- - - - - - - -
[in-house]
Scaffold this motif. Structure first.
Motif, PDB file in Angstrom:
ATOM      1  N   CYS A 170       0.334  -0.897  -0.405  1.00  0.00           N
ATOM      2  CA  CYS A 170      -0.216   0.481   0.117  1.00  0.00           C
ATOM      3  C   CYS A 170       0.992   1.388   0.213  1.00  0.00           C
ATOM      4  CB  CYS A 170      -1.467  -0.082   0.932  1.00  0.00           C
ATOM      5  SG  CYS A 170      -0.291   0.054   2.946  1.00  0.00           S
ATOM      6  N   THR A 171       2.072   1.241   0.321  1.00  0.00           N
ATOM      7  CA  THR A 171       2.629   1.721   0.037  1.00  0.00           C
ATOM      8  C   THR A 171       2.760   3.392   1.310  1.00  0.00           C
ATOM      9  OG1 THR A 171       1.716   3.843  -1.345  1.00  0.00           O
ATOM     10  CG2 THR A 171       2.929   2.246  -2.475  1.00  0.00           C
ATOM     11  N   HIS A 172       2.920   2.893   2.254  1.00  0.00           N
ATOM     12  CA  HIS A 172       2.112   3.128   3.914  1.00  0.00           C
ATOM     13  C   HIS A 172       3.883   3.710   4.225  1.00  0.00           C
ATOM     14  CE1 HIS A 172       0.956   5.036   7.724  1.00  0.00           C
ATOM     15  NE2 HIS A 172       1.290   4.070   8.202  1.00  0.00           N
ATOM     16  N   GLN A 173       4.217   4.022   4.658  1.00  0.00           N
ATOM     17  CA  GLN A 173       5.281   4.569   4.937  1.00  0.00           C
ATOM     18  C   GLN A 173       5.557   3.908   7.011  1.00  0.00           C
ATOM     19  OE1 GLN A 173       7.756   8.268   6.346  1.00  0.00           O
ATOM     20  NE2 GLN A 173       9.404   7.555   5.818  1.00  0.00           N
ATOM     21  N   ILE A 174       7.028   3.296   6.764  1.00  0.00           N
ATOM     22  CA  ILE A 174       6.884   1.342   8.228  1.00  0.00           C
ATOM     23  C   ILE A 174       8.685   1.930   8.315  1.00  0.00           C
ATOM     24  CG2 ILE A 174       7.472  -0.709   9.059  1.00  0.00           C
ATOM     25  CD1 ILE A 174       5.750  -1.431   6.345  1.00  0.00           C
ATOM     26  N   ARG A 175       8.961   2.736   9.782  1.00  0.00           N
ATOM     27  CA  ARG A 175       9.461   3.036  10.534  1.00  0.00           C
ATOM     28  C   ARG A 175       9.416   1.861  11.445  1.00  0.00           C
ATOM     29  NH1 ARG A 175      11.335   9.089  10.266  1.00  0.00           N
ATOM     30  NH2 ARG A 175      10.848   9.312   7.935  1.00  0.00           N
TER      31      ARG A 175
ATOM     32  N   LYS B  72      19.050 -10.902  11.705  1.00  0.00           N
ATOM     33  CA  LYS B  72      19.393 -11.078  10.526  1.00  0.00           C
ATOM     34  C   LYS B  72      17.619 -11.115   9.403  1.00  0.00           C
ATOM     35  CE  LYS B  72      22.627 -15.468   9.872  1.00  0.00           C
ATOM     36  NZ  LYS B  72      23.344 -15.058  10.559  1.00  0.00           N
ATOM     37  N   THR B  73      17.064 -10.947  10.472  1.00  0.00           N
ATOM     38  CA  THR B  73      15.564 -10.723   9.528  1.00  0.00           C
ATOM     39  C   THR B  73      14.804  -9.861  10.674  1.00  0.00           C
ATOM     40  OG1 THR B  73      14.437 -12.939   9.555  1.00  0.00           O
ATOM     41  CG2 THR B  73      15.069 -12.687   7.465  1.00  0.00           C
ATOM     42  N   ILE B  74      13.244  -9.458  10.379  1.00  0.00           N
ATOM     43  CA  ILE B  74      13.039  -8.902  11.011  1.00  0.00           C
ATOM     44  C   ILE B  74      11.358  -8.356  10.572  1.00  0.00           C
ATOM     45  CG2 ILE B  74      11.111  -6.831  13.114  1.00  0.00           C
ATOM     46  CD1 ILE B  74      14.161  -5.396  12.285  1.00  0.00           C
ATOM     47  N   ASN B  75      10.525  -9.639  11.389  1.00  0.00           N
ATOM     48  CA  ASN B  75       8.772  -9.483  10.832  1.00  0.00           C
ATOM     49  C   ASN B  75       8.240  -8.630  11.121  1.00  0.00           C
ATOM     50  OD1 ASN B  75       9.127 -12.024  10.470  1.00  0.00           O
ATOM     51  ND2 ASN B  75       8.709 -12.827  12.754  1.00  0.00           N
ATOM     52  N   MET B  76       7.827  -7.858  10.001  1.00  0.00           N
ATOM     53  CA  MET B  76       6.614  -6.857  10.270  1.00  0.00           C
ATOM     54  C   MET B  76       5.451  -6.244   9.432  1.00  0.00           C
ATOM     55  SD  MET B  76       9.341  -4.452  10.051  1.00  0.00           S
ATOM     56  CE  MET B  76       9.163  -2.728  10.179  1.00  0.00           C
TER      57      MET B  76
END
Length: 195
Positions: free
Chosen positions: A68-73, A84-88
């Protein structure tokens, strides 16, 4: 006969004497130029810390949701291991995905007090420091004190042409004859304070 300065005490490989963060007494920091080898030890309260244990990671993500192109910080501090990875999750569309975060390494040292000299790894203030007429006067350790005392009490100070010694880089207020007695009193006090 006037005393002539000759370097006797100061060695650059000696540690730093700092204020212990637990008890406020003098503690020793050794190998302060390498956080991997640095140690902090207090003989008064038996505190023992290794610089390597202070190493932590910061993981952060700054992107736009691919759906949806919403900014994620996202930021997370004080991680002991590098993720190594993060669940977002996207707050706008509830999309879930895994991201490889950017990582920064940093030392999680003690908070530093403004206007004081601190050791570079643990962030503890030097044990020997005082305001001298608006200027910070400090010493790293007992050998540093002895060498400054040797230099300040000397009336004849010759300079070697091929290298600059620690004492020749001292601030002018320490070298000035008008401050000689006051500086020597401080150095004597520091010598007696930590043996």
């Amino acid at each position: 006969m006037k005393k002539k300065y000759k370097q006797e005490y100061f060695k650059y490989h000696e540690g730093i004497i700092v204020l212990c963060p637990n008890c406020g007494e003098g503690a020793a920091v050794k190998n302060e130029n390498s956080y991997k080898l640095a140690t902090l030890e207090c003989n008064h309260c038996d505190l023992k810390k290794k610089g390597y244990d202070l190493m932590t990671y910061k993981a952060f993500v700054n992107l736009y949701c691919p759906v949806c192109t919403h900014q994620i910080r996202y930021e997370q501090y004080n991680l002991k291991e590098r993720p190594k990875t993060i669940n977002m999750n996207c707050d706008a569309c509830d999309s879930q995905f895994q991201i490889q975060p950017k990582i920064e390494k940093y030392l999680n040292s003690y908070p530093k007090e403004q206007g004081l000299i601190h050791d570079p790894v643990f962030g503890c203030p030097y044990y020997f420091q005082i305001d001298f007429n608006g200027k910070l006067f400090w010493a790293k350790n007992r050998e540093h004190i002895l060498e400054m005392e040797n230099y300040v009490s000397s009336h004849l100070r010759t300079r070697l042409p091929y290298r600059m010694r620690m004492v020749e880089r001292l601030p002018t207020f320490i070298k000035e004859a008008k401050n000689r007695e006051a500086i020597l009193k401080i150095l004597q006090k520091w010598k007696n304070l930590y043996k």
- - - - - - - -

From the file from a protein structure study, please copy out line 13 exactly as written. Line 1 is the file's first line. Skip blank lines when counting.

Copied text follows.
ATOM     10  CG2 THR A 171       2.929   2.246  -2.475  1.00  0.00           C